Microsoft also is building bridges between desktop and Web-based e-mail with both the Outlook Connector beta synchronizer and the Windows Live Mail beta download.
Setup and interface
Signing up for Windows Live Hotmail takes several minutes. You'll need to pick a Windows Live ID, which you can use to access other Windows Live services including Windows Live Messenger. You may also be able to use an old Microsoft Passport ID, should you have set one up years ago. We didn't even have to step through any questionnaire minefields asking if we wanted to sign up for newsletters. Microsoft also estimates the strength of your password and won't let you use your name for that purpose. Thankfully, we didn't encounter setup or sign-in snags as we did with AOL Mail.
The interface of Windows Live Hotmail resembles that of Microsoft Outlook, with messages organized into panes. You can highlight multiple messages at a time using the SHIFT and CTRL keys, and drag messages into various folders. There are several other keyboard shortcuts, such as the up and down arrow keys to move among Inbox messages. And clicking the right mouse key on a message brings up options for replying to an e-mail, among other choices. The interface also offers the choice of nine color themes. Clicking the logo in the upper-left corner of the screen pulls down a list of options.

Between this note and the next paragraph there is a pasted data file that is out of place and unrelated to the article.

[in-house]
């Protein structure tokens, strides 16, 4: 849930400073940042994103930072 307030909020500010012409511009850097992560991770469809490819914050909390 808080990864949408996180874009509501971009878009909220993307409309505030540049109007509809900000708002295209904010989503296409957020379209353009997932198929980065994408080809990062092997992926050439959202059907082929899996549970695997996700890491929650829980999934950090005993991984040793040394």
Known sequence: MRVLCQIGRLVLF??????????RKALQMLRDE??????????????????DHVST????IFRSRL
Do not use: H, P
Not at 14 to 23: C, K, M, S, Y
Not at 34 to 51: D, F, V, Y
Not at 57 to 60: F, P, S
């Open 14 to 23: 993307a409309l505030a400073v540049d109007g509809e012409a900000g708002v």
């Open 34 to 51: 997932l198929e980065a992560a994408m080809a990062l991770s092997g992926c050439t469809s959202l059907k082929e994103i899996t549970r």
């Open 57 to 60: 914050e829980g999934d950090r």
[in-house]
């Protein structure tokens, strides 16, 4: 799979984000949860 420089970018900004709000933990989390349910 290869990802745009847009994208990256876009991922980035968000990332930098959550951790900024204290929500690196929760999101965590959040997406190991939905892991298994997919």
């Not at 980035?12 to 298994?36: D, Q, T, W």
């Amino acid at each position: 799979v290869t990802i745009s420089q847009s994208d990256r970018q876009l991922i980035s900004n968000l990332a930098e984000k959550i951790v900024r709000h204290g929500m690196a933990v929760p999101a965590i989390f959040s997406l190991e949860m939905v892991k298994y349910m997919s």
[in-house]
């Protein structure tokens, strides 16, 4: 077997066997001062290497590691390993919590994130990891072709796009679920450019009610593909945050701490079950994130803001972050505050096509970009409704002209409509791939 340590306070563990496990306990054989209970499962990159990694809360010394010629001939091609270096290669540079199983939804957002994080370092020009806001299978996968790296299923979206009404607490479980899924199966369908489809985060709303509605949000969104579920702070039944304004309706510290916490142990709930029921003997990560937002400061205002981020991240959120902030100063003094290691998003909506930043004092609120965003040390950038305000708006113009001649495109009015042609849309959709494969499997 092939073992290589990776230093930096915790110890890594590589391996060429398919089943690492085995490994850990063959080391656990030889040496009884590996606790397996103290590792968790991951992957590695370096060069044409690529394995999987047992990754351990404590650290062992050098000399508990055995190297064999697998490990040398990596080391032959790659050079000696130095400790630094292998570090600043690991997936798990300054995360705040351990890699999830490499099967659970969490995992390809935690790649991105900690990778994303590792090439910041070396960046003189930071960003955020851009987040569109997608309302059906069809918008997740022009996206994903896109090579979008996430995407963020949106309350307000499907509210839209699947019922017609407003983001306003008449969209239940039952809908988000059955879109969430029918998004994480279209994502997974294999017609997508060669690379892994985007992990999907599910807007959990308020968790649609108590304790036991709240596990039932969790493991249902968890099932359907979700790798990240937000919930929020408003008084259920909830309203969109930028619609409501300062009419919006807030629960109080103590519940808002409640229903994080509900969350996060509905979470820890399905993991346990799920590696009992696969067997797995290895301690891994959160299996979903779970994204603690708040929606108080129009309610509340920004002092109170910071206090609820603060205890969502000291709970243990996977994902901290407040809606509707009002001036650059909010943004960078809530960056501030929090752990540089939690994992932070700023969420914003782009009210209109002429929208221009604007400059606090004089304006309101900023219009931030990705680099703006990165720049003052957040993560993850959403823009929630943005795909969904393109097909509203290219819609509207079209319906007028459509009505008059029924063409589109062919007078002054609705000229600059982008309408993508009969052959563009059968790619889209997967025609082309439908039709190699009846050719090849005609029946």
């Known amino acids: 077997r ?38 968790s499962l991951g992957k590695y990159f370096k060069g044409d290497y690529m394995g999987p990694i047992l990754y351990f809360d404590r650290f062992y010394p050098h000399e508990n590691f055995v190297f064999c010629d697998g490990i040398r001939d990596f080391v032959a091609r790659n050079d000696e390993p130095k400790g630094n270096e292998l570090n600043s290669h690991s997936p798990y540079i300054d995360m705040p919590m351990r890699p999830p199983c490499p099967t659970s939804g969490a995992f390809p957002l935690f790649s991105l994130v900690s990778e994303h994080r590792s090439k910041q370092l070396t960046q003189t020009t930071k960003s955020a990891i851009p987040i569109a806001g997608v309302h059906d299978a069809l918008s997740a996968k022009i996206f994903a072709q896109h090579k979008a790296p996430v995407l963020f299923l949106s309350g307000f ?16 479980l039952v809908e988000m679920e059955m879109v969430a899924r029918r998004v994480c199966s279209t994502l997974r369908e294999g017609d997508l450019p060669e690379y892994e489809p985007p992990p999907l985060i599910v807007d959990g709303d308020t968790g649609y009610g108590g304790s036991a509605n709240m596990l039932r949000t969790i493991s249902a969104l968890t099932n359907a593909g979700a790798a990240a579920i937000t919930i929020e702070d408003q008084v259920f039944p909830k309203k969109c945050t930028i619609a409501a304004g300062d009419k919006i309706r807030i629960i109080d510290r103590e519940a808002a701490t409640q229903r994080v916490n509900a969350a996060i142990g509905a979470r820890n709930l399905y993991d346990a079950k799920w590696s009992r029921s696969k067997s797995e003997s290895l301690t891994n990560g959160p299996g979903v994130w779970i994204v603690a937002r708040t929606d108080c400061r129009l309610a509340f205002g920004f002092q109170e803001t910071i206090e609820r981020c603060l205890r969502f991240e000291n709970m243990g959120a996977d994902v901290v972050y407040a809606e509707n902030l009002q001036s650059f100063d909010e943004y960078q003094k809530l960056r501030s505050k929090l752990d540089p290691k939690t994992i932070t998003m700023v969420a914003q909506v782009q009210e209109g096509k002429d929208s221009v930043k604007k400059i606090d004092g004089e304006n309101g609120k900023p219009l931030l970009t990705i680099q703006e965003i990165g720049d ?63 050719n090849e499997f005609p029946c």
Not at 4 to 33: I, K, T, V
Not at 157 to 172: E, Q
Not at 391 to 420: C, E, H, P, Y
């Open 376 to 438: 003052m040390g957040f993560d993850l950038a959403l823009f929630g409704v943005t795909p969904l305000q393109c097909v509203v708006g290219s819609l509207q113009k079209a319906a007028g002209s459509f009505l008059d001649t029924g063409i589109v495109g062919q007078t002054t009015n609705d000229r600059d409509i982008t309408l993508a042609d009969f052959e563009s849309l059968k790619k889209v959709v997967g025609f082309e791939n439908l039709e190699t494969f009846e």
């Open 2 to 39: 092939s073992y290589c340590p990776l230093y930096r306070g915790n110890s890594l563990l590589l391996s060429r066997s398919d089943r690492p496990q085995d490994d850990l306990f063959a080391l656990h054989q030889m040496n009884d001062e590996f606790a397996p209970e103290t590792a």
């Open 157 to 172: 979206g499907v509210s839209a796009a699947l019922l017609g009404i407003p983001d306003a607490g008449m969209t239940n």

Windows Live Hotmail features an animated banner ad atop the page. This ad may target you according to details you entered when signing up, such as your city and gender. Unlike Gmail, however, Windows Live Hotmail does not sift through the text of your messages to serve up personalized advertising.
The Classic view, which you can revert to at any time, better resembles the old layout of Hotmail. Whether you choose the Classic or new look, Windows Live Mail offers 2GB of free storage and up to 4GB for $19.99 per year. And instead of shutting down your account after a month of inactivity, Microsoft lets you ignore your e-mail for 120 days. Still, after having lost several years' worth of messages by ignoring an old account in the past, we'd prefer a service without a cutoff date. Gmail's nine months of inactivity is the most generous of the major e-mail services.